annette i think that foundationless is the easiest and most practical of all options.  saves money, bees build what they want, you get nice wax when you want it  smiley  heck of a deal!
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.....The greatest changes occur in their country without their cooperation. They are not even aware of precisely what has taken place. They suspect it; they have heard of the event by chance. More than that, they are unconcerned with the fortunes of their village, the safety of their streets, the fate of their church and its vestry. They think that such things have nothing to do with them, that they belong to a powerful stranger called “the government.” They enjoy these goods as tenants, without a sense of ownership, and never give a thought to how they might be improved.....

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« Reply #24 on: October 19, 2009, 10:22:39 AM »

Its not like there is a Foundationless Beekeeping for Dummies book. 

no, there is not, but i do have it on good authority that in the spring, such a book will be available from the competing series (aparantly dummies aren't smart enough to go foundationless, but complete idiots are)  Smiley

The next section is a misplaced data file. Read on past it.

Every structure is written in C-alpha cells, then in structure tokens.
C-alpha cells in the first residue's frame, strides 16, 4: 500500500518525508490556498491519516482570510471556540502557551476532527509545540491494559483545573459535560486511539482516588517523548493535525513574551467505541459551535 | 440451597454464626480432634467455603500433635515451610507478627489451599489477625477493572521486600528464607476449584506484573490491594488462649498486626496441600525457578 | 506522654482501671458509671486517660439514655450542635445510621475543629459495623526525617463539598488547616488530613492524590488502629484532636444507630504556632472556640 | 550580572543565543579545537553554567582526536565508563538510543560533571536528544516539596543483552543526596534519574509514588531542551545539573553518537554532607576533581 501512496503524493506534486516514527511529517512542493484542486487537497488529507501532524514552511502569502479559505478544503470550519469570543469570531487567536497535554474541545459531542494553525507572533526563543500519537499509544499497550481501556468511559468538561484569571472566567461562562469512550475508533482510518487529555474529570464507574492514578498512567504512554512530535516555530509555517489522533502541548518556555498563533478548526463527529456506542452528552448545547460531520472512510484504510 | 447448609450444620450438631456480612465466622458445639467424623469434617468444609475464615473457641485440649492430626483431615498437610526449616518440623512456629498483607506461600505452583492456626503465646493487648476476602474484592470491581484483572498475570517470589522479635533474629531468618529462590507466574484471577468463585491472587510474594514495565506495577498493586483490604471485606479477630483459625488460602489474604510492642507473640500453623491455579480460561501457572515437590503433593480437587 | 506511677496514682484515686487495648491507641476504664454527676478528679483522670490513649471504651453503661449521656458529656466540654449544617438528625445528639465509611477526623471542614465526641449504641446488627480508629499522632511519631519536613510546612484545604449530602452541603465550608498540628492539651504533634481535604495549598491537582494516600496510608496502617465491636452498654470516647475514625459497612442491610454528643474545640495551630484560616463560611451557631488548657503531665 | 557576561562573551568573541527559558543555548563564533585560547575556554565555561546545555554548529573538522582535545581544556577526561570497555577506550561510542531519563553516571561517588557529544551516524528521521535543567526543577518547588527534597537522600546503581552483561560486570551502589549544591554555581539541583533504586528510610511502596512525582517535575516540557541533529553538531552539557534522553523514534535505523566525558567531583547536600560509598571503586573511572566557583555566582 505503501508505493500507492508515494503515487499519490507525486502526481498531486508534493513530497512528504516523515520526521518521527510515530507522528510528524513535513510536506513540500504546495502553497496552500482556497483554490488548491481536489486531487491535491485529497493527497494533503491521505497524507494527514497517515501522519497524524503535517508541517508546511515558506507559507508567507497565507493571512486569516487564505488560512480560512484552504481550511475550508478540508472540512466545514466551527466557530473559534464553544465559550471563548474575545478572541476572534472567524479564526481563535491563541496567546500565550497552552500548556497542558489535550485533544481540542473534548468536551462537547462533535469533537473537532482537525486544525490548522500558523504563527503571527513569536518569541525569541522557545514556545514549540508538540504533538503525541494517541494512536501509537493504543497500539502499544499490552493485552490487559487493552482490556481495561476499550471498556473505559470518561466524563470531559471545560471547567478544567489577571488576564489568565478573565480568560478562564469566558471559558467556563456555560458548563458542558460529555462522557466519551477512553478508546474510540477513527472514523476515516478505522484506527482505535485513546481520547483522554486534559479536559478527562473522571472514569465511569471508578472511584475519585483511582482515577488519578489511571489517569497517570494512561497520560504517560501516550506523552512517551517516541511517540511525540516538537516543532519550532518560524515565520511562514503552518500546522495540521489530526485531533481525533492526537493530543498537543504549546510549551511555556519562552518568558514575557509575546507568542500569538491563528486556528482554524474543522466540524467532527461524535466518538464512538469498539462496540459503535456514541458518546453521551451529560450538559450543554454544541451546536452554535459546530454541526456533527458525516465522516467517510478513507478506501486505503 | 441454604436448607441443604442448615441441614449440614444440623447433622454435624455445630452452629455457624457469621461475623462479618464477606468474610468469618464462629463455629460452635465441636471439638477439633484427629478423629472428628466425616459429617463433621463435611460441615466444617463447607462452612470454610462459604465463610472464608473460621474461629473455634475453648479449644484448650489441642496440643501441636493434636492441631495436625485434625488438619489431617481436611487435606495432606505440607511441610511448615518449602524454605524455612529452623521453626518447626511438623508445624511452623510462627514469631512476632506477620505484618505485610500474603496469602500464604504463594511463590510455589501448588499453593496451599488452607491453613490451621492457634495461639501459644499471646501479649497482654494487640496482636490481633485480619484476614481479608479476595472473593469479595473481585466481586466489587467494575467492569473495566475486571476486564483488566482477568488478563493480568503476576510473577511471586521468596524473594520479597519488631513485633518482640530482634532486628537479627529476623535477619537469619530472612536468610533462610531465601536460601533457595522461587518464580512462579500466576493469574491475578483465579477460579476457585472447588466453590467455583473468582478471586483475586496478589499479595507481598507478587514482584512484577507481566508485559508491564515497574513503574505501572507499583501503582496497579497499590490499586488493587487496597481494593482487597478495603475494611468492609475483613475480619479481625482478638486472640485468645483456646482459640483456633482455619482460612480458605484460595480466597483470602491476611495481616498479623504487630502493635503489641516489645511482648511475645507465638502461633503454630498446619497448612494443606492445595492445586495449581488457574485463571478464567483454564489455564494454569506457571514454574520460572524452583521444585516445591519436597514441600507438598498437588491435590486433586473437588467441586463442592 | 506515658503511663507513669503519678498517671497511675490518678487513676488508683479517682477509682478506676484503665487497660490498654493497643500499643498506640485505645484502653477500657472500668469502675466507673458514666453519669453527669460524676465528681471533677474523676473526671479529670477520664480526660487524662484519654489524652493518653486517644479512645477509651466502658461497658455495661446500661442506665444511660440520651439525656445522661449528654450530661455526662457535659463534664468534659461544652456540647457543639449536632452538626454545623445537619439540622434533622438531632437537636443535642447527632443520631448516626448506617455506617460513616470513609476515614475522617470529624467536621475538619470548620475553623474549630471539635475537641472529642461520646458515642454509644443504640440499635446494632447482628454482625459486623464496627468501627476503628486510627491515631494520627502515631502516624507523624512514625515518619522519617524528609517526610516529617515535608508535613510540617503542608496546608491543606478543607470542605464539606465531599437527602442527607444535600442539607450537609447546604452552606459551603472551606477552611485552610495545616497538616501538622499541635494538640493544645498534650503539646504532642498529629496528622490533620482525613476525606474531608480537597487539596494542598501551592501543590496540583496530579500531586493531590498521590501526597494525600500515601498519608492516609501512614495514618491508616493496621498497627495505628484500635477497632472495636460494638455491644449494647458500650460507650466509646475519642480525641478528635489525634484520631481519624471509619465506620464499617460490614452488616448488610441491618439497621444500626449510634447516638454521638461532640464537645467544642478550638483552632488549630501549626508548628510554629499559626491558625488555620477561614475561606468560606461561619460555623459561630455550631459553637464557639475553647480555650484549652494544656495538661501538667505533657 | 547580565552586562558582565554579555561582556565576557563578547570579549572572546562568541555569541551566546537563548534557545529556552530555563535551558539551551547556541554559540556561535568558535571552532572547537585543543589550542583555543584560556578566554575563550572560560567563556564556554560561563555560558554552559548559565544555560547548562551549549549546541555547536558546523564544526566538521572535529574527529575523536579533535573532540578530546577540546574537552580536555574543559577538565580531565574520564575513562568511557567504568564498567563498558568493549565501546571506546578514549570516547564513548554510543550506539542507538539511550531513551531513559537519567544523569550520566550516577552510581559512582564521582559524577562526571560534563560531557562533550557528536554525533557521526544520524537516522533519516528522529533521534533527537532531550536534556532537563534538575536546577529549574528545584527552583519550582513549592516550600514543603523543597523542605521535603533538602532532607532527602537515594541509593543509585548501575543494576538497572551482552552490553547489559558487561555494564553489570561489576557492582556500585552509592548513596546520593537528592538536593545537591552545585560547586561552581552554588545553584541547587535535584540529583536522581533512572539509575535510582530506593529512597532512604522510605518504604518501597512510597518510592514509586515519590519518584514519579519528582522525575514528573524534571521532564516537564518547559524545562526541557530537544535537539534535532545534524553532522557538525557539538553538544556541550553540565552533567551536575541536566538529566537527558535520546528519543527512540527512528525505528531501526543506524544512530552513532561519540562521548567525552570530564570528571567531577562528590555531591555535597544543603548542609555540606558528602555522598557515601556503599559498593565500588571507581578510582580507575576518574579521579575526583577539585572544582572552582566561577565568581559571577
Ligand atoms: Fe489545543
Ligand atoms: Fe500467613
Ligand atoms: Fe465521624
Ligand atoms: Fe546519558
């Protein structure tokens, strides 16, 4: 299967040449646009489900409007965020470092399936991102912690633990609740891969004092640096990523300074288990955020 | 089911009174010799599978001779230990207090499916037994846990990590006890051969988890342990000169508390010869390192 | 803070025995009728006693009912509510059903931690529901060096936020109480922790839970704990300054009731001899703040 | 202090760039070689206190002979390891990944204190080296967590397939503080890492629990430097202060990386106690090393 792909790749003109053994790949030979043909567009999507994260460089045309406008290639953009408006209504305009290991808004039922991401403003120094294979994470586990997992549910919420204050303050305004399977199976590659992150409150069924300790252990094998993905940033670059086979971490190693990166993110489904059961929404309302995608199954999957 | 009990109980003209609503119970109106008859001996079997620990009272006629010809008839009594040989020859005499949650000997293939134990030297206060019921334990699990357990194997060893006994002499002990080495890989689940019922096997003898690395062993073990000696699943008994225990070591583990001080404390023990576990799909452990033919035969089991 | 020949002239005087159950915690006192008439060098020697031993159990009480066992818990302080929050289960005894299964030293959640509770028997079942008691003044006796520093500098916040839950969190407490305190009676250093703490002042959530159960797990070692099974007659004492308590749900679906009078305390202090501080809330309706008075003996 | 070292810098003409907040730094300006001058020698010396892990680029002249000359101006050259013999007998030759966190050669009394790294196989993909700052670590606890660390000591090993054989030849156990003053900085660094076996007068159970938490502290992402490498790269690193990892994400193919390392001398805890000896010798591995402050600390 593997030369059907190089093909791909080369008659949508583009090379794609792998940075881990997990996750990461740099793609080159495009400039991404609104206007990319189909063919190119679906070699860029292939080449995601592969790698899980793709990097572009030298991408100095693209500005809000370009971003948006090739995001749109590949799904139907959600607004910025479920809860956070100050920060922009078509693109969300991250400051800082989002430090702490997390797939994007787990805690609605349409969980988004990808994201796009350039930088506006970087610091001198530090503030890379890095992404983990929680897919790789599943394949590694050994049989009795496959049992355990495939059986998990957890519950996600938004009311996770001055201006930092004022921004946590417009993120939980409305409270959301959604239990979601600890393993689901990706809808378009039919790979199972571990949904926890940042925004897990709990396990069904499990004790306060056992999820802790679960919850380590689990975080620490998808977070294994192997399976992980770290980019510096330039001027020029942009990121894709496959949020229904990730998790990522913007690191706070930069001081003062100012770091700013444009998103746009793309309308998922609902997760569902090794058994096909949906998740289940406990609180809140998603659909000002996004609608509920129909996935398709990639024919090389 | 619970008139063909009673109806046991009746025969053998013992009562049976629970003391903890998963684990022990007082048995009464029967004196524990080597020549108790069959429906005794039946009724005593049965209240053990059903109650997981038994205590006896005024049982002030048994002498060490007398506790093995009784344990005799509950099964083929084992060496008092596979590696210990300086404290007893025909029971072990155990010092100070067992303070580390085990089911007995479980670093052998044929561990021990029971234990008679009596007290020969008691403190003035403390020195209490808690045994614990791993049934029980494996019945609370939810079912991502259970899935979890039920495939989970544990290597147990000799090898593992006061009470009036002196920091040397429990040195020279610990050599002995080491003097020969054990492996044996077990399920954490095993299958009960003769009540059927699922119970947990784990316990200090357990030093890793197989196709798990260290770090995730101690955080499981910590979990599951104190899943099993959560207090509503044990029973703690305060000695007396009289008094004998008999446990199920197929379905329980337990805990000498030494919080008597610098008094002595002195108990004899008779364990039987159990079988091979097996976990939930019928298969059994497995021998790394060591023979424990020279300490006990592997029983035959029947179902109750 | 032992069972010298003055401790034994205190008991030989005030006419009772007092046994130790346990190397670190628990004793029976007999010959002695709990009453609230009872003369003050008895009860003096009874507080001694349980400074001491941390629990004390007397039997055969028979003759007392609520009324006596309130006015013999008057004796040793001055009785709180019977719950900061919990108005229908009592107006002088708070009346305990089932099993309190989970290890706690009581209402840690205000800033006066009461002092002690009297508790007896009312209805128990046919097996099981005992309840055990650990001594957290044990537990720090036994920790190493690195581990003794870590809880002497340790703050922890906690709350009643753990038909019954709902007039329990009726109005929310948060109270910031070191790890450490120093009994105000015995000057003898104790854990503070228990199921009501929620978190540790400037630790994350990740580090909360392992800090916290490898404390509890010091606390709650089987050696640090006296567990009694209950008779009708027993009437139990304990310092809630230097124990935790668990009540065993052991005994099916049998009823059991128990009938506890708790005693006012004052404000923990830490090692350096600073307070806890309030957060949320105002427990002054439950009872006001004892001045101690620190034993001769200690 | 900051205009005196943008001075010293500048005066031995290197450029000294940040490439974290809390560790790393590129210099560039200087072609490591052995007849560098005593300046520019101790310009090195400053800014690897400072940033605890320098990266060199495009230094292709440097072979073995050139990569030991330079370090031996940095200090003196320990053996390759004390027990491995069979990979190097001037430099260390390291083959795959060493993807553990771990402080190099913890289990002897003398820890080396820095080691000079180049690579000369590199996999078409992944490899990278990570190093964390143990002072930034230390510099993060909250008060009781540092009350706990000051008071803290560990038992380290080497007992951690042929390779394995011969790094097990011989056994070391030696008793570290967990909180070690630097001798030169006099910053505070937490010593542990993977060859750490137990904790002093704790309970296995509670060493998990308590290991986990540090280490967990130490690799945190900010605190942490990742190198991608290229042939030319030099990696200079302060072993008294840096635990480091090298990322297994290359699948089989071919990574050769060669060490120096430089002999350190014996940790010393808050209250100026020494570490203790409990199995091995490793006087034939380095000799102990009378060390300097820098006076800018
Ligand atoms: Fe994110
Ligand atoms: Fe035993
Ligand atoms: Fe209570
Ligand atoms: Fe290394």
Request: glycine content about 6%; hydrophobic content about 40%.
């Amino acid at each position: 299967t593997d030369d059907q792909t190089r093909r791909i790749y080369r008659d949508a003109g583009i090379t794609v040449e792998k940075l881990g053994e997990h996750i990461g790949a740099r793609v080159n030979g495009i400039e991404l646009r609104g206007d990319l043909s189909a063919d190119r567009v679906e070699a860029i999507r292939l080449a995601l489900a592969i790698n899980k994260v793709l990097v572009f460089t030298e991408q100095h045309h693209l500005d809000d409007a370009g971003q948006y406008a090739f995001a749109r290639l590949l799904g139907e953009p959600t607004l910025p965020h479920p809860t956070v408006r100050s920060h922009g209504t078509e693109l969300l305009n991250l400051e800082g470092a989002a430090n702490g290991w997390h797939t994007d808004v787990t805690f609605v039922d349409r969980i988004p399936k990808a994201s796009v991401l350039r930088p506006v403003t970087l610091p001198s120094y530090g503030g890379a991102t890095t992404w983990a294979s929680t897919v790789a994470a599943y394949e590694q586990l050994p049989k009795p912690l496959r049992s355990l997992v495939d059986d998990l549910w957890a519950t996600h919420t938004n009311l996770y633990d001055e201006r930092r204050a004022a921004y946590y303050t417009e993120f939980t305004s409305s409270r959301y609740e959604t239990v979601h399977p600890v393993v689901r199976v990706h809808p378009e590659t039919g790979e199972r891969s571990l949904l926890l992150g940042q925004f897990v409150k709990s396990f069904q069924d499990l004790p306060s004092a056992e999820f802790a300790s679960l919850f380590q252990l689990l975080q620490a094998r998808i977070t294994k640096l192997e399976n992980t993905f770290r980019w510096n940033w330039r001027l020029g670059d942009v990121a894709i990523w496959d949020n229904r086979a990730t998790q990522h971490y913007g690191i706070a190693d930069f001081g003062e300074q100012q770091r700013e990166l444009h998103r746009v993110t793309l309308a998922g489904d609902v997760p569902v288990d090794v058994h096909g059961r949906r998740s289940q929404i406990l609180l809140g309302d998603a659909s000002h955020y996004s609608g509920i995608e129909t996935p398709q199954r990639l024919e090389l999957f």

a few thoughts:

1.  extracting works fine when comb is aged (recently drawn comb full of honey is fragile), and well attached.  i don't think i know anyone that extracts foundationless with a radial extractor, a tangential works better (less rotational speed, better support of comb).

2.  i would never add more than 3 foundationless combs into a full box at once.  removing every other drawn frame puts a lot of stress on the bees.  bees have to cluster to build comb, raise brood, and ripen honey.  by doing this, you make them cluster separately for each of 5 frames that need drawing, you make them cluster separately over each frame of brood, and each frame of honey.  this short circuits the economy of scale that the bees use to manage their affairs.

3.  there are some good reasons to use foundation.  if there is a flow on (or you are feeding...see below), the bees will draw and fill foundationless comb at the same time, leaving little or no room for the queen to lay.  foundation on the edges of the brood nest, however, allows the queen to lay in partially drawn cells (that are too shallow to put nectar in), so that the broodnest (and number of workers) can increase rapidly.